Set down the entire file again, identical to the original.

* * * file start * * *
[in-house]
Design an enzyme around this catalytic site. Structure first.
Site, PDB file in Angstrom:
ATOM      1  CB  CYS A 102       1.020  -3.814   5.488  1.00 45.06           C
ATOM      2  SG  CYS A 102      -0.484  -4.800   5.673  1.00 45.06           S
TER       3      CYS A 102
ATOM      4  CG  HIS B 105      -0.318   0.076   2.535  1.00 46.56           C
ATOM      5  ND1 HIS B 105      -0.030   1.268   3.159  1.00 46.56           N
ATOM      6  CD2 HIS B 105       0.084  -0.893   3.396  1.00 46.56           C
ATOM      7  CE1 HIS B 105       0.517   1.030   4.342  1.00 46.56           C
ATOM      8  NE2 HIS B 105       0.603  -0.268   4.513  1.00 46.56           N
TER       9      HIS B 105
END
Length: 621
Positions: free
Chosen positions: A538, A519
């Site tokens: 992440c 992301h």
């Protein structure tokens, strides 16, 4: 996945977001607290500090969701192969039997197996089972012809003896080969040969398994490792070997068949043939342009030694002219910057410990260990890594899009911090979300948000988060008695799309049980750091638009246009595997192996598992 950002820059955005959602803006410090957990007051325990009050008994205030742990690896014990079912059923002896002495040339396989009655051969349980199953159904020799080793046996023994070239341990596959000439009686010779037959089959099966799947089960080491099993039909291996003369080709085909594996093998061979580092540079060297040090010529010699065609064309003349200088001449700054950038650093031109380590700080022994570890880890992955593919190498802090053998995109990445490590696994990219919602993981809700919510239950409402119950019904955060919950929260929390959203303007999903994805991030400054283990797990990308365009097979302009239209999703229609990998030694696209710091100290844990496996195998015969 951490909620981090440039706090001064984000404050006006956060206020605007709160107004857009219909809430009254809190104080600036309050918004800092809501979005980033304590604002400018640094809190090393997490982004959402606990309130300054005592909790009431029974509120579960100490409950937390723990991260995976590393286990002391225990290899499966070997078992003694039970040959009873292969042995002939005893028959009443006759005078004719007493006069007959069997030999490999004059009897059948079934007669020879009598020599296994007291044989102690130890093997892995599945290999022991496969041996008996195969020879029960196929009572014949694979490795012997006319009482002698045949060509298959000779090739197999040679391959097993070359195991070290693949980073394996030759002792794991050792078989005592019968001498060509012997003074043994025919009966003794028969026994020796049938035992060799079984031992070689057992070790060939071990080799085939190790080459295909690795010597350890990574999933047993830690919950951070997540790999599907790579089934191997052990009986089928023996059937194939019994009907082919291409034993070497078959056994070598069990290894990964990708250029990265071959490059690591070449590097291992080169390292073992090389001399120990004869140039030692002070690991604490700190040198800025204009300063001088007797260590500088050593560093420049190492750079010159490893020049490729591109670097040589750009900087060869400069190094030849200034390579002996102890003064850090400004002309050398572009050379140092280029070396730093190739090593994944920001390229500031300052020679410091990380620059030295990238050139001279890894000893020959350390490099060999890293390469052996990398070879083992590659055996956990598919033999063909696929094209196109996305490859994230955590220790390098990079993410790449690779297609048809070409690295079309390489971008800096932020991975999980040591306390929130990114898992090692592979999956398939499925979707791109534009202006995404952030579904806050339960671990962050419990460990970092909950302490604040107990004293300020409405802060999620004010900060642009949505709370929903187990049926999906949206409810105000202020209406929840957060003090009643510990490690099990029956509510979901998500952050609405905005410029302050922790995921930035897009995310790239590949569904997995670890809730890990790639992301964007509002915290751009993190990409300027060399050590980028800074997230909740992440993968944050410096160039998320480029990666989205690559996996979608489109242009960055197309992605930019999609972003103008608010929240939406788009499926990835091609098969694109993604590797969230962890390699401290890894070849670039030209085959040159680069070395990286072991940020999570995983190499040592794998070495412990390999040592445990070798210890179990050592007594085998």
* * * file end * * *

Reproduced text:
[in-house]
Design an enzyme around this catalytic site. Structure first.
Site, PDB file in Angstrom:
ATOM      1  CB  CYS A 102       1.020  -3.814   5.488  1.00 45.06           C
ATOM      2  SG  CYS A 102      -0.484  -4.800   5.673  1.00 45.06           S
TER       3      CYS A 102
ATOM      4  CG  HIS B 105      -0.318   0.076   2.535  1.00 46.56           C
ATOM      5  ND1 HIS B 105      -0.030   1.268   3.159  1.00 46.56           N
ATOM      6  CD2 HIS B 105       0.084  -0.893   3.396  1.00 46.56           C
ATOM      7  CE1 HIS B 105       0.517   1.030   4.342  1.00 46.56           C
ATOM      8  NE2 HIS B 105       0.603  -0.268   4.513  1.00 46.56           N
TER       9      HIS B 105
END
Length: 621
Positions: free
Chosen positions: A538, A519
């Site tokens: 992440c 992301h």
């Protein structure tokens, strides 16, 4: 996945977001607290500090969701192969039997197996089972012809003896080969040969398994490792070997068949043939342009030694002219910057410990260990890594899009911090979300948000988060008695799309049980750091638009246009595997192996598992 950002820059955005959602803006410090957990007051325990009050008994205030742990690896014990079912059923002896002495040339396989009655051969349980199953159904020799080793046996023994070239341990596959000439009686010779037959089959099966799947089960080491099993039909291996003369080709085909594996093998061979580092540079060297040090010529010699065609064309003349200088001449700054950038650093031109380590700080022994570890880890992955593919190498802090053998995109990445490590696994990219919602993981809700919510239950409402119950019904955060919950929260929390959203303007999903994805991030400054283990797990990308365009097979302009239209999703229609990998030694696209710091100290844990496996195998015969 951490909620981090440039706090001064984000404050006006956060206020605007709160107004857009219909809430009254809190104080600036309050918004800092809501979005980033304590604002400018640094809190090393997490982004959402606990309130300054005592909790009431029974509120579960100490409950937390723990991260995976590393286990002391225990290899499966070997078992003694039970040959009873292969042995002939005893028959009443006759005078004719007493006069007959069997030999490999004059009897059948079934007669020879009598020599296994007291044989102690130890093997892995599945290999022991496969041996008996195969020879029960196929009572014949694979490795012997006319009482002698045949060509298959000779090739197999040679391959097993070359195991070290693949980073394996030759002792794991050792078989005592019968001498060509012997003074043994025919009966003794028969026994020796049938035992060799079984031992070689057992070790060939071990080799085939190790080459295909690795010597350890990574999933047993830690919950951070997540790999599907790579089934191997052990009986089928023996059937194939019994009907082919291409034993070497078959056994070598069990290894990964990708250029990265071959490059690591070449590097291992080169390292073992090389001399120990004869140039030692002070690991604490700190040198800025204009300063001088007797260590500088050593560093420049190492750079010159490893020049490729591109670097040589750009900087060869400069190094030849200034390579002996102890003064850090400004002309050398572009050379140092280029070396730093190739090593994944920001390229500031300052020679410091990380620059030295990238050139001279890894000893020959350390490099060999890293390469052996990398070879083992590659055996956990598919033999063909696929094209196109996305490859994230955590220790390098990079993410790449690779297609048809070409690295079309390489971008800096932020991975999980040591306390929130990114898992090692592979999956398939499925979707791109534009202006995404952030579904806050339960671990962050419990460990970092909950302490604040107990004293300020409405802060999620004010900060642009949505709370929903187990049926999906949206409810105000202020209406929840957060003090009643510990490690099990029956509510979901998500952050609405905005410029302050922790995921930035897009995310790239590949569904997995670890809730890990790639992301964007509002915290751009993190990409300027060399050590980028800074997230909740992440993968944050410096160039998320480029990666989205690559996996979608489109242009960055197309992605930019999609972003103008608010929240939406788009499926990835091609098969694109993604590797969230962890390699401290890894070849670039030209085959040159680069070395990286072991940020999570995983190499040592794998070495412990390999040592445990070798210890179990050592007594085998």